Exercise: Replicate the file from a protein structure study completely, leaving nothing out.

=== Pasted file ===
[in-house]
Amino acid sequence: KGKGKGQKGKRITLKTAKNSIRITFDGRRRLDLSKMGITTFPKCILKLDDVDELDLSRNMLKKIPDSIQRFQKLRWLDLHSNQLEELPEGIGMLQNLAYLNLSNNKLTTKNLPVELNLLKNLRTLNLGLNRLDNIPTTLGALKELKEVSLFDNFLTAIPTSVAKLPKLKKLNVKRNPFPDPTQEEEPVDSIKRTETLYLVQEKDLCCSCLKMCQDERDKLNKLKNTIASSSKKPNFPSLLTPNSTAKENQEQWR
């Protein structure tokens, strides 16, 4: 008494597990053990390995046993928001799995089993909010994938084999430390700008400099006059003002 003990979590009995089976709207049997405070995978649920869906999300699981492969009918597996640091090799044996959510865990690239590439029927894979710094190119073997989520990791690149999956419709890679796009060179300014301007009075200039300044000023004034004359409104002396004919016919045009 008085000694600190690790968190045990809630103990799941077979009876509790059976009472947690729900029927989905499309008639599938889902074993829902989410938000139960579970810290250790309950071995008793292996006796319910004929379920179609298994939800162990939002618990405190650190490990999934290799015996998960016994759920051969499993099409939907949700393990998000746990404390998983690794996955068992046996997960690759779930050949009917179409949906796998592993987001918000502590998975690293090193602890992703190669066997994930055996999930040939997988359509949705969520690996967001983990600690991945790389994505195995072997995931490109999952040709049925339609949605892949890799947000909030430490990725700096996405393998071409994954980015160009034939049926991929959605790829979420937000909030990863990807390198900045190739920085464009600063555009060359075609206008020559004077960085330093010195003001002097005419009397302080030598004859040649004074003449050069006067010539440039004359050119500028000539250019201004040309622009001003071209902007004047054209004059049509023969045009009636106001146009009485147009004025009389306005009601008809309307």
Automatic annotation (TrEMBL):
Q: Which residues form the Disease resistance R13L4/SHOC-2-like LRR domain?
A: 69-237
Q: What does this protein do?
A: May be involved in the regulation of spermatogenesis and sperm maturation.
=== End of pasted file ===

[in-house]
Amino acid sequence: KGKGKGQKGKRITLKTAKNSIRITFDGRRRLDLSKMGITTFPKCILKLDDVDELDLSRNMLKKIPDSIQRFQKLRWLDLHSNQLEELPEGIGMLQNLAYLNLSNNKLTTKNLPVELNLLKNLRTLNLGLNRLDNIPTTLGALKELKEVSLFDNFLTAIPTSVAKLPKLKKLNVKRNPFPDPTQEEEPVDSIKRTETLYLVQEKDLCCSCLKMCQDERDKLNKLKNTIASSSKKPNFPSLLTPNSTAKENQEQWR
């Protein structure tokens, strides 16, 4: 008494597990053990390995046993928001799995089993909010994938084999430390700008400099006059003002 003990979590009995089976709207049997405070995978649920869906999300699981492969009918597996640091090799044996959510865990690239590439029927894979710094190119073997989520990791690149999956419709890679796009060179300014301007009075200039300044000023004034004359409104002396004919016919045009 008085000694600190690790968190045990809630103990799941077979009876509790059976009472947690729900029927989905499309008639599938889902074993829902989410938000139960579970810290250790309950071995008793292996006796319910004929379920179609298994939800162990939002618990405190650190490990999934290799015996998960016994759920051969499993099409939907949700393990998000746990404390998983690794996955068992046996997960690759779930050949009917179409949906796998592993987001918000502590998975690293090193602890992703190669066997994930055996999930040939997988359509949705969520690996967001983990600690991945790389994505195995072997995931490109999952040709049925339609949605892949890799947000909030430490990725700096996405393998071409994954980015160009034939049926991929959605790829979420937000909030990863990807390198900045190739920085464009600063555009060359075609206008020559004077960085330093010195003001002097005419009397302080030598004859040649004074003449050069006067010539440039004359050119500028000539250019201004040309622009001003071209902007004047054209004059049509023969045009009636106001146009009485147009004025009389306005009601008809309307």
Automatic annotation (TrEMBL):
Q: Which residues form the Disease resistance R13L4/SHOC-2-like LRR domain?
A: 69-237
Q: What does this protein do?
A: May be involved in the regulation of spermatogenesis and sperm maturation.